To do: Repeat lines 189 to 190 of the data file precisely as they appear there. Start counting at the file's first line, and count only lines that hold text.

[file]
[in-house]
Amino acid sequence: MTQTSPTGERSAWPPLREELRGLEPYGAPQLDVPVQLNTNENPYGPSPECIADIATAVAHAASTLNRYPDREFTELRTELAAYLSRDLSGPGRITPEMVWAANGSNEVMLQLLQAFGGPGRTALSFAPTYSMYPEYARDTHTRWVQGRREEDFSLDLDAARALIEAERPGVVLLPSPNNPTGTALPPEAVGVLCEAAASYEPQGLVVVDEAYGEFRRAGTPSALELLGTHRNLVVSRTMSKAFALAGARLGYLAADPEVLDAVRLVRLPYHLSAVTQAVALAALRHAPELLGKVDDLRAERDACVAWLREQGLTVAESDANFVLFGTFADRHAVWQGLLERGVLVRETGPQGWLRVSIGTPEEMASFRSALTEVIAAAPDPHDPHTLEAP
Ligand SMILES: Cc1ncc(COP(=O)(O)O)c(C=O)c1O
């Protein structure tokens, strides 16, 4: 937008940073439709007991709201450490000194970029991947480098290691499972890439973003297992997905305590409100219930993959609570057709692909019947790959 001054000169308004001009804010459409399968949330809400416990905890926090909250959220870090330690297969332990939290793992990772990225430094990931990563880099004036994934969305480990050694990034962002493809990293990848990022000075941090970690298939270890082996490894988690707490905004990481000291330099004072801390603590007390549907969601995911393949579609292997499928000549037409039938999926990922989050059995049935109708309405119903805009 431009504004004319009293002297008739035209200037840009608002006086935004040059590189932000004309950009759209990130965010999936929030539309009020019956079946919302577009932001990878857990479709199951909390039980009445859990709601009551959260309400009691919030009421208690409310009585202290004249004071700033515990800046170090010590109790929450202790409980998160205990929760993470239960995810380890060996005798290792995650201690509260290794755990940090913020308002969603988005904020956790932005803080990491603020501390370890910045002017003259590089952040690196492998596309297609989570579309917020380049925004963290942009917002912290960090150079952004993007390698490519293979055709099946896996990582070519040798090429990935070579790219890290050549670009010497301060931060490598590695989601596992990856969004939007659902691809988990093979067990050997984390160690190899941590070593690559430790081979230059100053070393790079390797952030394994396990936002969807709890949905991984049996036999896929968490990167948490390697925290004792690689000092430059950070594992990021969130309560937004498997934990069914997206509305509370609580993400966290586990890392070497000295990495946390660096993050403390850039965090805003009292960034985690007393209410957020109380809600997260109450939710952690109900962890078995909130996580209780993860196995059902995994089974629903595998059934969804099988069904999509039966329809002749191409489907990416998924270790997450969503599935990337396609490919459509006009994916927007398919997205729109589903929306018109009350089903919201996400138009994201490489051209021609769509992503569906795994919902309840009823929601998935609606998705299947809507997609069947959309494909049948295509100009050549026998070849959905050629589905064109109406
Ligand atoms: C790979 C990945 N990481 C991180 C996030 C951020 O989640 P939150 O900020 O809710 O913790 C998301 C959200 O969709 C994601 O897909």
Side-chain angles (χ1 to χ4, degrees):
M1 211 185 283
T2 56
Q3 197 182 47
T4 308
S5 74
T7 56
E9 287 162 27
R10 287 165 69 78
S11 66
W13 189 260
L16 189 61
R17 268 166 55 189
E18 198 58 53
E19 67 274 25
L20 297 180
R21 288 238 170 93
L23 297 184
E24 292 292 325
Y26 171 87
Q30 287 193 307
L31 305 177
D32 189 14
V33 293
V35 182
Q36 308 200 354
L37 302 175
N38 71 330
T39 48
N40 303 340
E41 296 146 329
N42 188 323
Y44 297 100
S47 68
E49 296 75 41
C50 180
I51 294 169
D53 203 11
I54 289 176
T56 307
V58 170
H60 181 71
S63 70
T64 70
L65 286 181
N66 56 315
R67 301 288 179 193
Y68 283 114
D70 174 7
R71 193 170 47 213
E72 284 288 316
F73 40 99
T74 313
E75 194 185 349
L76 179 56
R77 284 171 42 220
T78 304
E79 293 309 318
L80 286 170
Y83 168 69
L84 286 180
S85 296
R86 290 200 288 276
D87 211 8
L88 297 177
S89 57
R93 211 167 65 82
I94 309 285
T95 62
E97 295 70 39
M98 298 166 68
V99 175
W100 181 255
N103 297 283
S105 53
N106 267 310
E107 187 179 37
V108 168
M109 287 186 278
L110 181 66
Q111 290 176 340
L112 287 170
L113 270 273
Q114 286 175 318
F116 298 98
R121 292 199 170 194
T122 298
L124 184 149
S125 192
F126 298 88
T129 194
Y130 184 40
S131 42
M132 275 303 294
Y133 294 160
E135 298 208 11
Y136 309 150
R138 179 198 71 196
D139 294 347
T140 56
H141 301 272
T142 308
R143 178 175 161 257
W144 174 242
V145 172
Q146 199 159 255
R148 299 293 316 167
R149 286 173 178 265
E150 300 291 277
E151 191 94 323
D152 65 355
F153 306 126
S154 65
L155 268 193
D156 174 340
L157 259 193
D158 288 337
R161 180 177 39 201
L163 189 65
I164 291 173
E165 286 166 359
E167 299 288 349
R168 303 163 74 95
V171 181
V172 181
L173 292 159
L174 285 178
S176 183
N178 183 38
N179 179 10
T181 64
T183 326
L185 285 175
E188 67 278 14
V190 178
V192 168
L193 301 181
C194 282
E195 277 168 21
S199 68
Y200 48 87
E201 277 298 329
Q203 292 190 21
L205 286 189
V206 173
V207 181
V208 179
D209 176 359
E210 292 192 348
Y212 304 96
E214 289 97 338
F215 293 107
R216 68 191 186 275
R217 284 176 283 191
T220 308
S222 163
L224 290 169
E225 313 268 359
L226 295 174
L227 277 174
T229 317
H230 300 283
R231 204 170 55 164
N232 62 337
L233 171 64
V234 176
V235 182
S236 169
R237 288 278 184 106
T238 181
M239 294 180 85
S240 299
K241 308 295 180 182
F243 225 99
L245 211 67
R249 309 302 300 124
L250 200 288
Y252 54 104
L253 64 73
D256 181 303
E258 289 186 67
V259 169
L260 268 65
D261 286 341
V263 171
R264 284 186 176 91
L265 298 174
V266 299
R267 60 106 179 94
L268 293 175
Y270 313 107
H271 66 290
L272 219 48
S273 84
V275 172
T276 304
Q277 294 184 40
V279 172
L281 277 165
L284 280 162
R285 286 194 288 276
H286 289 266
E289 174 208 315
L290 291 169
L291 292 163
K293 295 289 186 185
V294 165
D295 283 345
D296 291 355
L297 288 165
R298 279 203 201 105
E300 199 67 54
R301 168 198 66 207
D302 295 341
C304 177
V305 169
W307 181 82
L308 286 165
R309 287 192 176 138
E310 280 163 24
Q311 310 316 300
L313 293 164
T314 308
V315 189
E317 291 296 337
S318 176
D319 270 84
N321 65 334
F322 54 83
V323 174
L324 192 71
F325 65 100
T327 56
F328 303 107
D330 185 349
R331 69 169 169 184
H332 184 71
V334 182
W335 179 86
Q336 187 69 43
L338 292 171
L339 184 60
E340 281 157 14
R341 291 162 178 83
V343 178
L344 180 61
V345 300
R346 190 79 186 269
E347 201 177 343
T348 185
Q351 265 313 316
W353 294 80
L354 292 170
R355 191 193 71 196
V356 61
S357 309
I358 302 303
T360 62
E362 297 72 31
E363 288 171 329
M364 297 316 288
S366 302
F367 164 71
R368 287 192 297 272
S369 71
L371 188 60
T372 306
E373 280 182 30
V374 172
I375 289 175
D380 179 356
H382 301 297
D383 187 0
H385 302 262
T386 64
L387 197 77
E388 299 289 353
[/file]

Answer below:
D261 286 341
V263 171